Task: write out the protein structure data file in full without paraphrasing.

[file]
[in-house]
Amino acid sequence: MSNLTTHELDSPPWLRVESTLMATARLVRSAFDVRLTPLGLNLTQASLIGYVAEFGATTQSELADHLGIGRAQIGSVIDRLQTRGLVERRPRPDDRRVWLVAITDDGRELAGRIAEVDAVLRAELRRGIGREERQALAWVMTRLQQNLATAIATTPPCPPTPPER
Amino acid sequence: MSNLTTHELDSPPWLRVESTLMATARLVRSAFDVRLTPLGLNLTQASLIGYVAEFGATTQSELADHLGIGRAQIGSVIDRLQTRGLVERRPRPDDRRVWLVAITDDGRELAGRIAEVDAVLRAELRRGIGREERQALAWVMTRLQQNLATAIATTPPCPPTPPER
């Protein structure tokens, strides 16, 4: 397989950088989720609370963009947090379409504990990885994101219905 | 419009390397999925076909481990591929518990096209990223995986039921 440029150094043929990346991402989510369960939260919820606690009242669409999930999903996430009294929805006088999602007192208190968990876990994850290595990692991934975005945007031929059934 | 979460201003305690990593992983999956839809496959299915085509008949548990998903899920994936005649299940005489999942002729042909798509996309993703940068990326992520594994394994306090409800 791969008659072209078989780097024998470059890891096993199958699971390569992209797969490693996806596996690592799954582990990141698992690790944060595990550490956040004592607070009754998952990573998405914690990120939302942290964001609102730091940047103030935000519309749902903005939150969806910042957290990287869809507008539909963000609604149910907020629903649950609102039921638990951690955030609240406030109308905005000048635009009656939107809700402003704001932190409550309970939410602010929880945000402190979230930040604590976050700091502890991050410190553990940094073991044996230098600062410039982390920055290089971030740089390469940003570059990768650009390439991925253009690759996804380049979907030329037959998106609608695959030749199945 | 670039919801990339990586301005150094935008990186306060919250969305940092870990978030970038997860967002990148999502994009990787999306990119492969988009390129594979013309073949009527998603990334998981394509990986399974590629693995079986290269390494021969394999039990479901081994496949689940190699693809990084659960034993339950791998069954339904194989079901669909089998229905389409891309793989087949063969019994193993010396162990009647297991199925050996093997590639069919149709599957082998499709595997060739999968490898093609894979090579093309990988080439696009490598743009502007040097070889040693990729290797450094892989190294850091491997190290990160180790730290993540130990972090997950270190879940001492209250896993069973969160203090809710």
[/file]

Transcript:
[in-house]
Amino acid sequence: MSNLTTHELDSPPWLRVESTLMATARLVRSAFDVRLTPLGLNLTQASLIGYVAEFGATTQSELADHLGIGRAQIGSVIDRLQTRGLVERRPRPDDRRVWLVAITDDGRELAGRIAEVDAVLRAELRRGIGREERQALAWVMTRLQQNLATAIATTPPCPPTPPER
Amino acid sequence: MSNLTTHELDSPPWLRVESTLMATARLVRSAFDVRLTPLGLNLTQASLIGYVAEFGATTQSELADHLGIGRAQIGSVIDRLQTRGLVERRPRPDDRRVWLVAITDDGRELAGRIAEVDAVLRAELRRGIGREERQALAWVMTRLQQNLATAIATTPPCPPTPPER
């Protein structure tokens, strides 16, 4: 397989950088989720609370963009947090379409504990990885994101219905 | 419009390397999925076909481990591929518990096209990223995986039921 440029150094043929990346991402989510369960939260919820606690009242669409999930999903996430009294929805006088999602007192208190968990876990994850290595990692991934975005945007031929059934 | 979460201003305690990593992983999956839809496959299915085509008949548990998903899920994936005649299940005489999942002729042909798509996309993703940068990326992520594994394994306090409800 791969008659072209078989780097024998470059890891096993199958699971390569992209797969490693996806596996690592799954582990990141698992690790944060595990550490956040004592607070009754998952990573998405914690990120939302942290964001609102730091940047103030935000519309749902903005939150969806910042957290990287869809507008539909963000609604149910907020629903649950609102039921638990951690955030609240406030109308905005000048635009009656939107809700402003704001932190409550309970939410602010929880945000402190979230930040604590976050700091502890991050410190553990940094073991044996230098600062410039982390920055290089971030740089390469940003570059990768650009390439991925253009690759996804380049979907030329037959998106609608695959030749199945 | 670039919801990339990586301005150094935008990186306060919250969305940092870990978030970038997860967002990148999502994009990787999306990119492969988009390129594979013309073949009527998603990334998981394509990986399974590629693995079986290269390494021969394999039990479901081994496949689940190699693809990084659960034993339950791998069954339904194989079901669909089998229905389409891309793989087949063969019994193993010396162990009647297991199925050996093997590639069919149709599957082998499709595997060739999968490898093609894979090579093309990988080439696009490598743009502007040097070889040693990729290797450094892989190294850091491997190290990160180790730290993540130990972090997950270190879940001492209250896993069973969160203090809710």